By Stuart Letford
The great highland bagpipe never really had a place in popular music until the early 1970s, and, other than in German hard rock music, it’s still not heard very much. It’s fair to say that the pìob mhòr divides opinion when it comes to its inclusion in rock and pop music.
Our instrument may not be capable of subtlety but it has been used in more pop and rock songs that we may realise, and with varying degrees of success.
Here’s 10 to check out:
Mull Of Kintyre by Wings. It was 1977 and Paul McCartney was ensconced at his Kintyre farm when he came up with this average (admit it) ditty which he thought needed a full pipe band to complete it. Cue a phone call to the local pipe band, the Campbeltown Pipe Band. At the time it was the best-selling single in UK history and became the Christmas number one single that year. Seemingly, it’s still the bestselling non-charity single in the UK’s history. Gulp.
It’s A Long Way To The Top by AC/DC. How many of us have piped at a wedding and been approached by smiling guest thus: “Can ye play any AC/DC? on the pipes?” We’ve Gordon Duncan to thank for putting Thunder on the pipes, of course, and, being a huge fan of the Aussie rockers, perhaps Gordon was inspired by this track. Knowing that as a youngster singer Bon Scott had played in the Fremantle Scots Pipe Band, producer George Young (Angus and Malcolm’s brother) suggested the Scots-born rocker dig them out for this track from the band’s 1975 album If You Wanna Rock ‘N’ Roll. Quite superb. This, children, is rock and roll:
Anthem by The Sensational Alex Harvey Band. A cousin of my wife, the charismatic Alex Harvey was a typical 1970s Glaswegian: he’d exude charm one moment and snarling enmity the next. If you’re under 30 years of age the chances are you’ve never heard this band, but its legacy of theatrical rock is worth checking out. Anthem appeared on the band’s 1974 album, The Impossible Dream. Stick with it: the pipes don’t kick in till just after the six minute mark:
The Cutter by Echo & The Bunnymen – (Porcupine, 1983). Tear for Fears’ – see below – fellow Scousers came to mainstream attention with this song. The band utilised the ghb to add another level of grandiosity to this song although when I first heard this song back in the day – which was a Tuesday – I thought the sound was an E-bowed guitar:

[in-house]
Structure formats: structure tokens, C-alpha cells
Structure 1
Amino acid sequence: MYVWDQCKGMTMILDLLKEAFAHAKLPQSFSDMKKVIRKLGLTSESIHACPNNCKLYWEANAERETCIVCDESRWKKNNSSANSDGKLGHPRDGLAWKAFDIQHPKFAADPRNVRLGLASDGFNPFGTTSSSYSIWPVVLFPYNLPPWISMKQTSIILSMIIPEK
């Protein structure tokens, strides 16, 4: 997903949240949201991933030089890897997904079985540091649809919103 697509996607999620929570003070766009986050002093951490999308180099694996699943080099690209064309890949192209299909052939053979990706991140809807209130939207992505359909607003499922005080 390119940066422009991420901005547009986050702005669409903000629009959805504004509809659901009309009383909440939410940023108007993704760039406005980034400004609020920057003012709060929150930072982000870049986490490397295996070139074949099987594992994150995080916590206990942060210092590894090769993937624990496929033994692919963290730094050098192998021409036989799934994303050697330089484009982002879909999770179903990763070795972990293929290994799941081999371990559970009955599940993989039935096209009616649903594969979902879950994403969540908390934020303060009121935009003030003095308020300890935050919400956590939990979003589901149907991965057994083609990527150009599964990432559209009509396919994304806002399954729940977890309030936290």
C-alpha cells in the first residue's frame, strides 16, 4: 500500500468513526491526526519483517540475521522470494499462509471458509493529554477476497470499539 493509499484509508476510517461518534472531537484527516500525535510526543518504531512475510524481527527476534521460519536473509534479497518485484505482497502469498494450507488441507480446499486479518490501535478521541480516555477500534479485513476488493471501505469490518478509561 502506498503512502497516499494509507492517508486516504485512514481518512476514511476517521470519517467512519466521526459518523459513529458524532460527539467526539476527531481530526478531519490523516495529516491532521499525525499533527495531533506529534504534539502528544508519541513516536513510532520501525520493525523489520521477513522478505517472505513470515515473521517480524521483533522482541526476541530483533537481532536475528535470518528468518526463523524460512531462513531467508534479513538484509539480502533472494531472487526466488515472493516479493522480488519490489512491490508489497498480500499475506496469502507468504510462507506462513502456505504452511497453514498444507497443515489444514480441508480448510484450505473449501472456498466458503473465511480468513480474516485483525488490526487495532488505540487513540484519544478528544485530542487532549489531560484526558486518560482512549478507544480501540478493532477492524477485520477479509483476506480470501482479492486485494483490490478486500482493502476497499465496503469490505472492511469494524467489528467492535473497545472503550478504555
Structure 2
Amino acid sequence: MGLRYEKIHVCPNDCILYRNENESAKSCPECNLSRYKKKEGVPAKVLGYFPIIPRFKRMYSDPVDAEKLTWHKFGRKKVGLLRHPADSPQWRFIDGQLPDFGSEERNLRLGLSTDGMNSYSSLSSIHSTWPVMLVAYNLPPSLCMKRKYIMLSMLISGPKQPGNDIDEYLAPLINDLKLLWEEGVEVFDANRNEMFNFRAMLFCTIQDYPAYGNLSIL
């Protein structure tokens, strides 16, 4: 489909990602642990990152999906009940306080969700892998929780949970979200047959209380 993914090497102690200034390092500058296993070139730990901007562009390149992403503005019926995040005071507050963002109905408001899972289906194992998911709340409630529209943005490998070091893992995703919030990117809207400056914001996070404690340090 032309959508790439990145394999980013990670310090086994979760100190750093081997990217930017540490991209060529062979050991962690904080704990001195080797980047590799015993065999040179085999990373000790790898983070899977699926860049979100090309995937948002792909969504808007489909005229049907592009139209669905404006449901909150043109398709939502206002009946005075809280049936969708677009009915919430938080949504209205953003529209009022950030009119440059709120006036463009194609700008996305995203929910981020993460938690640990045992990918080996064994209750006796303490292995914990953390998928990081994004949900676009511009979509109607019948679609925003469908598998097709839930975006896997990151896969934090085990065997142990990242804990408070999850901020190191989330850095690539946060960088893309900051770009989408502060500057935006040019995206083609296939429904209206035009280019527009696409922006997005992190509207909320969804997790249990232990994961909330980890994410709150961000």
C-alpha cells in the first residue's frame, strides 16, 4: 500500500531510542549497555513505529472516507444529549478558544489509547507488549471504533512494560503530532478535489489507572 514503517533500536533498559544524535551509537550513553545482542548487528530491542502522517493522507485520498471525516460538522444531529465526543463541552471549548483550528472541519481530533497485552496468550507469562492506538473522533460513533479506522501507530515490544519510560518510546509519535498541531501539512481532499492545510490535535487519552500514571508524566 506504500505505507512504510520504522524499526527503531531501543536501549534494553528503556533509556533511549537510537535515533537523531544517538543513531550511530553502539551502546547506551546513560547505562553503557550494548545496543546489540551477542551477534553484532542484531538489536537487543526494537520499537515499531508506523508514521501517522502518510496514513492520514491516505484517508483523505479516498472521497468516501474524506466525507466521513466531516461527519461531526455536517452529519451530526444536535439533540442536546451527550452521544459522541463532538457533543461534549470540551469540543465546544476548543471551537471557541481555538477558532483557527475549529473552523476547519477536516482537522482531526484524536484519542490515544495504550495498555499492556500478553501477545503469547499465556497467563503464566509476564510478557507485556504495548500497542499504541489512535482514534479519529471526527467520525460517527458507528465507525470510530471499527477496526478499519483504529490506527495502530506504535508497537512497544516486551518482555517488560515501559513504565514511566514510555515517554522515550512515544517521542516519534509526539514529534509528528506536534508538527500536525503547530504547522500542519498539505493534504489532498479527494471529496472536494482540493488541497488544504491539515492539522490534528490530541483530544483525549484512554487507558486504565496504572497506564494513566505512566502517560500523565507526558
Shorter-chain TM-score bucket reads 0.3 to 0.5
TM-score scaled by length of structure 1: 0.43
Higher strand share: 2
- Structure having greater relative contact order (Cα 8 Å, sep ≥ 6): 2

You’re The Voice by John Farnham – (Whispering Jack, 1986). A typical 1980s production, this song features Farnham, an Australian singer, singing a song that already contained just about every 1980s soft rock cliche before the ghb cranked in. I remember watching Farnham and his band mine this on ‘Top of the Pops’ in 1987. The band included a piper resplendent in No. 1 dress miming along – which was just as well because when he struck up to play his pipe chanter came out the stock! The song was remixed a few years ago and inspired the recent phenomenon of flash mob playing of pipes in shopping malls. Here’s a decent live version – accompanied by an orchestra – from a decade ago:
Stingin’ Belle by Biffy Clyro (Opposites, 2013). Admittedly not everyone’s cup of chai but somehow, the pipe seems to go naturally with this song from the Ayrshire duo. The riff ‘bookends’ the song. Titanic piper, Eric Rigler, is the piper who played on the record although I can’t help thinking it would’ve been easier logistically to ask Brian Mulhearn … Here’s the band playing the song at T in the Park in 2014 – the piper is Finlay MacDonald:
Are You Ready to Rock by Wizzard (1974). For younger readers, this is the band you hear every Christmas with I Wish It Could Be Christmas Every Day. Roy Wood formed the band whose songs – and performances – had an everything-but-the-kitchen-sink approach. The ghb closes out this eccentric UK Top 10 hit. Yes, this got into the top 10!:
The Silent Boatman by Parliament (Osmium’, 1970). Staying with all things over-the-top, we come to funk giants, Parliament. Main man, George Clinton injected a snatch of the Skye Boat Song played on the pipes to this the album’s closing song, something that can only be described as a psychedelic-soul-folk-rock ballad:
Shout by Tears for Fears (Songs From The Big Chair, 1985). Listen very carefully because you barely notice the pipes. In fact, it was only in the mid-1990s when the pipes’ inclusion in this great song were pointed out to me by a piper I was sharing driving duties to the Northern Meeting with. He shall remain nameless but his incessant chat about the Glasgow buy-to-let market prompted the ramming into the CD slot of the Liverpool duo’s seminal album from the mid-1980s. “Can you hear the pipes?” he asked, prompting a serious listen … and peace for a few minutes at least:
Bonaparte’s Retreat by Glen Campbell. Glen played pipes on this single released in July 1974. Glen was apparently way into his adult years when he took piping lessons. He couldn’t resist including the instrument on this old country song written in the 1930s:
Sky Pilot by The Animals – (The Twain Shall Meet, 1968). By 1968, singer Eric Burdon was settled in California with Janis Joplin and enjoying the hippy vibe there. This anti-war epic of his features the pipes, apparently taken from a surreptitious recording Burdon made of the Royal Scots Dragoon Guards playing All the Blue Bonnets Are Over the Border:
There are plenty more examples, of course, and it’s surprising to find out that the ghb has not featured on albums by certain bands. One would’ve though the ghb was ripe for inclusion on just about any of Led Zepellin’s albums, but it wasn’t to be. I don’t think it would’ve been out if place on the band’s classic from 1971, Stairway to Heaven, although the song does at least have Robert Plant’s lyric:
And it’s whispered that soon, If we all call the tune
Then the piper will lead us to reason
Yes indeed, Percy!